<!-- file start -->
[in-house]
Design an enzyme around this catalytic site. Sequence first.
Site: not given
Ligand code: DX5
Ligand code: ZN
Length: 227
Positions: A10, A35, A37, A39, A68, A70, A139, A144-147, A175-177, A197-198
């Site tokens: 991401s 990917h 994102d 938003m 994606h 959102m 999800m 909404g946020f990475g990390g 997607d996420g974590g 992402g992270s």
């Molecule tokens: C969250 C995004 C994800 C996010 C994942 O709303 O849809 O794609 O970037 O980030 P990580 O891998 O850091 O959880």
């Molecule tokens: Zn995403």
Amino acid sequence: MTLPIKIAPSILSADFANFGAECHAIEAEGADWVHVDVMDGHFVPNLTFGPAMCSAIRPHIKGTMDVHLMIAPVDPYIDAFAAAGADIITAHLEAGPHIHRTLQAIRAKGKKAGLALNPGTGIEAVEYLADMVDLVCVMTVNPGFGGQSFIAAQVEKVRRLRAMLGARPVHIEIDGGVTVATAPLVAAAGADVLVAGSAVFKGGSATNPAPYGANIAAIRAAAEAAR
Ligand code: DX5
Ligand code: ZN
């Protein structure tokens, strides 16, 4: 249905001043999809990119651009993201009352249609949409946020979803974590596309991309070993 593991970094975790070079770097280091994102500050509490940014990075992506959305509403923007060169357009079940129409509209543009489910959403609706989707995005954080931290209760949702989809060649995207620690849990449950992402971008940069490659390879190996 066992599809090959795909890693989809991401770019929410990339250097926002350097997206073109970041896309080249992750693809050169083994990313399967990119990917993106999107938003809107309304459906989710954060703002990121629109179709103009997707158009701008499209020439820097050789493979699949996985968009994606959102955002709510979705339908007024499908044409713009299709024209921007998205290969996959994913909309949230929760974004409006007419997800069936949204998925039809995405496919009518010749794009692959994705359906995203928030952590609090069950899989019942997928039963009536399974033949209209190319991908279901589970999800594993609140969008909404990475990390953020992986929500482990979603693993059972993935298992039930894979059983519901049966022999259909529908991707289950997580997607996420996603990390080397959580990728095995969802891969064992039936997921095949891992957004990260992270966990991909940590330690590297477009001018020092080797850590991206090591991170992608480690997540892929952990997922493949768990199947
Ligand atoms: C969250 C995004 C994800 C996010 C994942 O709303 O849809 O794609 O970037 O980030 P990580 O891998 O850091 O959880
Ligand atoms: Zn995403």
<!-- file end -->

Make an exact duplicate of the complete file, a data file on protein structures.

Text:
[in-house]
Design an enzyme around this catalytic site. Sequence first.
Site: not given
Ligand code: DX5
Ligand code: ZN
Length: 227
Positions: A10, A35, A37, A39, A68, A70, A139, A144-147, A175-177, A197-198
């Site tokens: 991401s 990917h 994102d 938003m 994606h 959102m 999800m 909404g946020f990475g990390g 997607d996420g974590g 992402g992270s």
């Molecule tokens: C969250 C995004 C994800 C996010 C994942 O709303 O849809 O794609 O970037 O980030 P990580 O891998 O850091 O959880």
């Molecule tokens: Zn995403």
Amino acid sequence: MTLPIKIAPSILSADFANFGAECHAIEAEGADWVHVDVMDGHFVPNLTFGPAMCSAIRPHIKGTMDVHLMIAPVDPYIDAFAAAGADIITAHLEAGPHIHRTLQAIRAKGKKAGLALNPGTGIEAVEYLADMVDLVCVMTVNPGFGGQSFIAAQVEKVRRLRAMLGARPVHIEIDGGVTVATAPLVAAAGADVLVAGSAVFKGGSATNPAPYGANIAAIRAAAEAAR
Ligand code: DX5
Ligand code: ZN
């Protein structure tokens, strides 16, 4: 249905001043999809990119651009993201009352249609949409946020979803974590596309991309070993 593991970094975790070079770097280091994102500050509490940014990075992506959305509403923007060169357009079940129409509209543009489910959403609706989707995005954080931290209760949702989809060649995207620690849990449950992402971008940069490659390879190996 066992599809090959795909890693989809991401770019929410990339250097926002350097997206073109970041896309080249992750693809050169083994990313399967990119990917993106999107938003809107309304459906989710954060703002990121629109179709103009997707158009701008499209020439820097050789493979699949996985968009994606959102955002709510979705339908007024499908044409713009299709024209921007998205290969996959994913909309949230929760974004409006007419997800069936949204998925039809995405496919009518010749794009692959994705359906995203928030952590609090069950899989019942997928039963009536399974033949209209190319991908279901589970999800594993609140969008909404990475990390953020992986929500482990979603693993059972993935298992039930894979059983519901049966022999259909529908991707289950997580997607996420996603990390080397959580990728095995969802891969064992039936997921095949891992957004990260992270966990991909940590330690590297477009001018020092080797850590991206090591991170992608480690997540892929952990997922493949768990199947
Ligand atoms: C969250 C995004 C994800 C996010 C994942 O709303 O849809 O794609 O970037 O980030 P990580 O891998 O850091 O959880
Ligand atoms: Zn995403």